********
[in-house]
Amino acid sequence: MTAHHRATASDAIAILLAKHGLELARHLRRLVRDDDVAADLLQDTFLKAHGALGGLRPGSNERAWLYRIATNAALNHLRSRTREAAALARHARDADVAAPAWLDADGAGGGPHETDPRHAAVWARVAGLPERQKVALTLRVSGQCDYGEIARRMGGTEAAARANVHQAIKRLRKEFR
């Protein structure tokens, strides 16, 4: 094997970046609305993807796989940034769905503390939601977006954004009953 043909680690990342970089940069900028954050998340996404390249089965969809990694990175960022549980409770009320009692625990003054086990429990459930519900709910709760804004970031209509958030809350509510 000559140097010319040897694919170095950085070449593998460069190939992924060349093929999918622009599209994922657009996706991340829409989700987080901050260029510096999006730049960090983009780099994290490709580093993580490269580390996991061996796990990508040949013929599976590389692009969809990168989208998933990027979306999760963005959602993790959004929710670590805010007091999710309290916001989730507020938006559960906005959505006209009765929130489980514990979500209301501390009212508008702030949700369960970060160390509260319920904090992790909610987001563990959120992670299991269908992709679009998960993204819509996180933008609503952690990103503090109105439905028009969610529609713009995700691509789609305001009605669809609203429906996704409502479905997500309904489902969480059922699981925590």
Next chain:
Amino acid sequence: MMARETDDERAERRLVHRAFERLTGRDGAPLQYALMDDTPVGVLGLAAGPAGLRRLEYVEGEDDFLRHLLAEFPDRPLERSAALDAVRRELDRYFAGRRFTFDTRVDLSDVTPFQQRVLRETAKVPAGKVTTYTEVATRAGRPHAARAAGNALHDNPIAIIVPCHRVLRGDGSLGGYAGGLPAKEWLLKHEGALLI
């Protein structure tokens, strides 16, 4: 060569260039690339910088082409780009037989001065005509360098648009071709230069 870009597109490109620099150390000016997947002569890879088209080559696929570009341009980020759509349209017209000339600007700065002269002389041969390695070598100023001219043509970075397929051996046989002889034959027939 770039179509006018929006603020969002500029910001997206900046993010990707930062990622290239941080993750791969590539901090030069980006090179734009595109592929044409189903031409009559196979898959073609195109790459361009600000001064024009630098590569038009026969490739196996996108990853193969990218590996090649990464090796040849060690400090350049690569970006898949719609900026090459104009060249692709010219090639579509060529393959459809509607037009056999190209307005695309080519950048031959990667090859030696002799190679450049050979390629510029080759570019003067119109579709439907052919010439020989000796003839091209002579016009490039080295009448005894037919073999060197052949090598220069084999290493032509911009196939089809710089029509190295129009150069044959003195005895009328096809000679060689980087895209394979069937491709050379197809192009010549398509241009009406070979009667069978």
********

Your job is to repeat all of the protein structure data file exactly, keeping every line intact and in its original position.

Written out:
[in-house]
Amino acid sequence: MTAHHRATASDAIAILLAKHGLELARHLRRLVRDDDVAADLLQDTFLKAHGALGGLRPGSNERAWLYRIATNAALNHLRSRTREAAALARHARDADVAAPAWLDADGAGGGPHETDPRHAAVWARVAGLPERQKVALTLRVSGQCDYGEIARRMGGTEAAARANVHQAIKRLRKEFR
């Protein structure tokens, strides 16, 4: 094997970046609305993807796989940034769905503390939601977006954004009953 043909680690990342970089940069900028954050998340996404390249089965969809990694990175960022549980409770009320009692625990003054086990429990459930519900709910709760804004970031209509958030809350509510 000559140097010319040897694919170095950085070449593998460069190939992924060349093929999918622009599209994922657009996706991340829409989700987080901050260029510096999006730049960090983009780099994290490709580093993580490269580390996991061996796990990508040949013929599976590389692009969809990168989208998933990027979306999760963005959602993790959004929710670590805010007091999710309290916001989730507020938006559960906005959505006209009765929130489980514990979500209301501390009212508008702030949700369960970060160390509260319920904090992790909610987001563990959120992670299991269908992709679009998960993204819509996180933008609503952690990103503090109105439905028009969610529609713009995700691509789609305001009605669809609203429906996704409502479905997500309904489902969480059922699981925590």
Next chain:
Amino acid sequence: MMARETDDERAERRLVHRAFERLTGRDGAPLQYALMDDTPVGVLGLAAGPAGLRRLEYVEGEDDFLRHLLAEFPDRPLERSAALDAVRRELDRYFAGRRFTFDTRVDLSDVTPFQQRVLRETAKVPAGKVTTYTEVATRAGRPHAARAAGNALHDNPIAIIVPCHRVLRGDGSLGGYAGGLPAKEWLLKHEGALLI
């Protein structure tokens, strides 16, 4: 060569260039690339910088082409780009037989001065005509360098648009071709230069 870009597109490109620099150390000016997947002569890879088209080559696929570009341009980020759509349209017209000339600007700065002269002389041969390695070598100023001219043509970075397929051996046989002889034959027939 770039179509006018929006603020969002500029910001997206900046993010990707930062990622290239941080993750791969590539901090030069980006090179734009595109592929044409189903031409009559196979898959073609195109790459361009600000001064024009630098590569038009026969490739196996996108990853193969990218590996090649990464090796040849060690400090350049690569970006898949719609900026090459104009060249692709010219090639579509060529393959459809509607037009056999190209307005695309080519950048031959990667090859030696002799190679450049050979390629510029080759570019003067119109579709439907052919010439020989000796003839091209002579016009490039080295009448005894037919073999060197052949090598220069084999290493032509911009196939089809710089029509190295129009150069044959003195005895009328096809000679060689980087895209394979069937491709050379197809192009010549398509241009009406070979009667069978």